I had two bad nights in Crested Butte with a not so great bed and an upcoming cross country trip to NYC so I had to get a good nights sleep. I whipped out my Helio Ocean and pulled up the Google Maps application. I searched for Starwood, Hyatt and other chains that do a good job with the beds. I found a Hyatt Place hotel very close to the airport and called them. They had availability so I booked a room. This experience was so good I will follow up with another post just about this new approach to hotels later.
I hopped in a cab and said I wanted to go to the Hyatt Place at the airport. He was dumbfounded. Never heard of it. I whip out the phone and said here on the map, go here.
While in NYC this week I was playing with the Google Maps application again as I was plotting out my 5 meetings per day itinerary. I can't recall how many times in NYC I am asked about the cross street and I don't have it. 550 Madison? Madison and what? I don't know, I am from LA. Our numbers make sense there. Not this trip. Madison and 55th. So there. My favorite was a meeting in the East Village where I pulled the phone out and said look, this is where it is.
These examples are the kinds that make LBS compelling to me.
This last weekend Jessica, Tate and I traveled to Crested Butte, Colorado for a wedding for a good friend of ours when we lived in Los Angeles. Three things worth sharing. One, we loved this area. It had a lot of the charm of Jackson Hole, WY without being crowded. The town had a great vibe and the number of activities you could do was astounding, hiking, horseback riding, mountain biking, river rafting, etc. Just to name a few. We want to go back with the whole tribe as soon as possible.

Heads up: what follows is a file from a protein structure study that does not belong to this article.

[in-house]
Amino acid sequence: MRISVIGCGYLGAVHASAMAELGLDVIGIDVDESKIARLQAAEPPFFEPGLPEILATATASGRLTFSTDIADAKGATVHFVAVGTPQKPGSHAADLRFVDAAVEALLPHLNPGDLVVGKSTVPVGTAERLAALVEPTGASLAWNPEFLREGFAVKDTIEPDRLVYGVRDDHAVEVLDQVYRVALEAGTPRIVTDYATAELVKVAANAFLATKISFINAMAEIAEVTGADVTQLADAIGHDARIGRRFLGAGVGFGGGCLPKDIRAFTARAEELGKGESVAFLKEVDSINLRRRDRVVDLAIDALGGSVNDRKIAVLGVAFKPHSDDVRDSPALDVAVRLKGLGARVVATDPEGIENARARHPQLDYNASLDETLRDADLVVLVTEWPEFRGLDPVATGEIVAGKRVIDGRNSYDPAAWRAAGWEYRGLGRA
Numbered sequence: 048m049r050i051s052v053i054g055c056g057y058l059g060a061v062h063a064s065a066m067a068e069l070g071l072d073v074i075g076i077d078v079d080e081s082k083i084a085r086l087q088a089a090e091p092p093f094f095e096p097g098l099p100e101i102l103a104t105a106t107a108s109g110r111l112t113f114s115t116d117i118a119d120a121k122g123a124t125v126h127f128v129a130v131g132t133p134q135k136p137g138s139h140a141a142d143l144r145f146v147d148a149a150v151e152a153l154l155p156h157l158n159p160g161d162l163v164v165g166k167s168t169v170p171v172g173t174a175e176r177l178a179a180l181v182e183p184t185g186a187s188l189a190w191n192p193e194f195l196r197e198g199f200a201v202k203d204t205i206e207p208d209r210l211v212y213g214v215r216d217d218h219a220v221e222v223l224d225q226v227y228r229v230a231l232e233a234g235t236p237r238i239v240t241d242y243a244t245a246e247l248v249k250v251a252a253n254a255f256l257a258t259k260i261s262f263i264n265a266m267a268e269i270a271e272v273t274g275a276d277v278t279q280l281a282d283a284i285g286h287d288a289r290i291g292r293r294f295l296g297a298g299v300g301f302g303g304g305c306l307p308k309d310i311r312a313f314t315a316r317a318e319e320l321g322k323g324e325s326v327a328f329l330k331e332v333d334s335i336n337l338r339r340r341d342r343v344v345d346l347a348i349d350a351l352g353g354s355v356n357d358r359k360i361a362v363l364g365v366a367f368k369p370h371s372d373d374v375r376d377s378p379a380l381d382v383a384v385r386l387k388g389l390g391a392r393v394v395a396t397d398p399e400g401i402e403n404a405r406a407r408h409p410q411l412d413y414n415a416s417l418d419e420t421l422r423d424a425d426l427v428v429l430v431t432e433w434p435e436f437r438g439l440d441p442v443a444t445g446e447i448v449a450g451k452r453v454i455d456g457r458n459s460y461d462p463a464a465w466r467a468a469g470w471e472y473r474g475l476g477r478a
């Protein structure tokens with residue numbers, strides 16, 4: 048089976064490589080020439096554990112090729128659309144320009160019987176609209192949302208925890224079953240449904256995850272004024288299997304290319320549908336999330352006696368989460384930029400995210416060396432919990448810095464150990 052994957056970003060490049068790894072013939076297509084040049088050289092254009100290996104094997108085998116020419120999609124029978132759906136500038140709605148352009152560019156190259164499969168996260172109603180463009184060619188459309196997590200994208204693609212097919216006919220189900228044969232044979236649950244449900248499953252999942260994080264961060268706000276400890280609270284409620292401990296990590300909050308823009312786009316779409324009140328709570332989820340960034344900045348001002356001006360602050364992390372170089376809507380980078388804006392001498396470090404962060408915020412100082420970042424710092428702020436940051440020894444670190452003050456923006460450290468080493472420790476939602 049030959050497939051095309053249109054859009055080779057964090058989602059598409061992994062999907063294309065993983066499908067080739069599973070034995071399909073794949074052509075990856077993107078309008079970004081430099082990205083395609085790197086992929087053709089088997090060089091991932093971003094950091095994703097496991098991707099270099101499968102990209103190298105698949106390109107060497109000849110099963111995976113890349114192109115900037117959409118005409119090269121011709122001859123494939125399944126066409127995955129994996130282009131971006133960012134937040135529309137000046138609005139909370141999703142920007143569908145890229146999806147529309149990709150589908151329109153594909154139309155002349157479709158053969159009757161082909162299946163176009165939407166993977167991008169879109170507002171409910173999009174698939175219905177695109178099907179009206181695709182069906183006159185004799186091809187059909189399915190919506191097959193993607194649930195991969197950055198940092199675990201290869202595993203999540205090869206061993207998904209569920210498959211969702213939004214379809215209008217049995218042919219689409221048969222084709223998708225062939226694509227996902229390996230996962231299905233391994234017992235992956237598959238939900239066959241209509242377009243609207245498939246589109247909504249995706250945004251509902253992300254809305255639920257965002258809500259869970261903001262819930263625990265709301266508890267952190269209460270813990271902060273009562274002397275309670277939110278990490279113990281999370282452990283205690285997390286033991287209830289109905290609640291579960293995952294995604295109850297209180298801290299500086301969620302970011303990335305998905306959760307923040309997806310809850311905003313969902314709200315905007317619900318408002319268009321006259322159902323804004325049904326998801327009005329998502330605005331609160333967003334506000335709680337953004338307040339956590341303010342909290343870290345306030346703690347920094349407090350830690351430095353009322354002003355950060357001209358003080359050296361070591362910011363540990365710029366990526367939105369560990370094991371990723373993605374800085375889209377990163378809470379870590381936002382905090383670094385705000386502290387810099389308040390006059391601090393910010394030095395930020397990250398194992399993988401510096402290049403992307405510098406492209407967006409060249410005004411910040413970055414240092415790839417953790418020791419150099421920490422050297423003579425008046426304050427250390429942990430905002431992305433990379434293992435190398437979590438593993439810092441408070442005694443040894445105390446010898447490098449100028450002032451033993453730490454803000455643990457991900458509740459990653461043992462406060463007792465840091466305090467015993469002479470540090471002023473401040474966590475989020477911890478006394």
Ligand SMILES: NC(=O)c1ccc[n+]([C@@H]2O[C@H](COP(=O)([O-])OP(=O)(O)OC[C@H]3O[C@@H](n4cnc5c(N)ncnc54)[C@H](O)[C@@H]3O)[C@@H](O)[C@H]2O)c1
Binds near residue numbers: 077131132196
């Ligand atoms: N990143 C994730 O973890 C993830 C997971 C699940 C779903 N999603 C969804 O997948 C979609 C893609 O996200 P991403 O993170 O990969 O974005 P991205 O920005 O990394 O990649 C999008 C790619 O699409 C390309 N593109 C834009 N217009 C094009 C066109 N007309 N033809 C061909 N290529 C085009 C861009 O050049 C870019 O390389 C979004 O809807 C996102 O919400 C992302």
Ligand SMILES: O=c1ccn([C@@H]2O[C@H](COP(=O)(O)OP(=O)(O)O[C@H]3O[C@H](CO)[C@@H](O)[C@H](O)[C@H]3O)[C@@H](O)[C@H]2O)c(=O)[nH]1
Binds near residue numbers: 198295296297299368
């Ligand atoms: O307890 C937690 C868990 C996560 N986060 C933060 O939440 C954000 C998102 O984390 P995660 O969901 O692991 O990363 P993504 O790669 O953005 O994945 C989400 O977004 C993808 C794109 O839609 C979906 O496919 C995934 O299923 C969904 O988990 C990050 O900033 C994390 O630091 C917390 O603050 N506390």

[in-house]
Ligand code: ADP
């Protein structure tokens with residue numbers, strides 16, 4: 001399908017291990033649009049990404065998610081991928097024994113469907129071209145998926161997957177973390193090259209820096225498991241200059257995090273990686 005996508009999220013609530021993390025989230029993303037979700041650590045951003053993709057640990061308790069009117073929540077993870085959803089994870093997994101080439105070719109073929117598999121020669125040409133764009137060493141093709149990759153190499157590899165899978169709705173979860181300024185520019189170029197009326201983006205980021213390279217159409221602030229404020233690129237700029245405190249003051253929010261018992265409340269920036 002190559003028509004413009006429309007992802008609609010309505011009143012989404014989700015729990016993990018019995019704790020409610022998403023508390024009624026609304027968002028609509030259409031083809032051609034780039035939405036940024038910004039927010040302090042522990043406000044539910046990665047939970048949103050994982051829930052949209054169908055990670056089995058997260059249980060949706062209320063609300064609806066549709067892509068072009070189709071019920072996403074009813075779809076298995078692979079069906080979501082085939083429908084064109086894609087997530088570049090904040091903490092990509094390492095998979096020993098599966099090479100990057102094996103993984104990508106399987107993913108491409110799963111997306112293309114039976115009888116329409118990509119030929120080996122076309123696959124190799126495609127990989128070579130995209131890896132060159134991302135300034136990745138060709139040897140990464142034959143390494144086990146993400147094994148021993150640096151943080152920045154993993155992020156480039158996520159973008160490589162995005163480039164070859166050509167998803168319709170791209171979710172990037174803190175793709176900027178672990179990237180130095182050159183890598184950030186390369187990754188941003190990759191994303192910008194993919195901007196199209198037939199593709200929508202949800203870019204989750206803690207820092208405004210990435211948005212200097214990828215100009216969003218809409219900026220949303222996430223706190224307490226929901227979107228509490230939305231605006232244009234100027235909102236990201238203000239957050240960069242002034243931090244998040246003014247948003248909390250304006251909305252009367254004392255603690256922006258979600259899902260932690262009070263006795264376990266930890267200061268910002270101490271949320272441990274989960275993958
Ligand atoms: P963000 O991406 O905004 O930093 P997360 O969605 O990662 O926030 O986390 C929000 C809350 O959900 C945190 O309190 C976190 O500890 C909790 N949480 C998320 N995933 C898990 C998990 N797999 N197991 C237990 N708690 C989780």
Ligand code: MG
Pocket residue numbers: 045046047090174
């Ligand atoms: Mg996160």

Two, I got to see a lot of our friends from when we lived in Los Angeles. We were really fortunate to have a great group of friends who worked in the film industry who are down to earth, smart and a lot of fun to be with. Of course life gets in the way of time spent together and I haven't seen many of them much in the last eight years (Has it been that long?). While catching up, a couple of them were completely up to date with me from reading my blog. I was flattered that they cared enough to stay in touch virtually and I was amazed at how having that in place made for some interesting conversations about things people were working on or thinking about. I whimped out on one of the party nights as I was kind of shot and I regret that but hopefully the experience makes us all try to reach out a little more and stay in touch.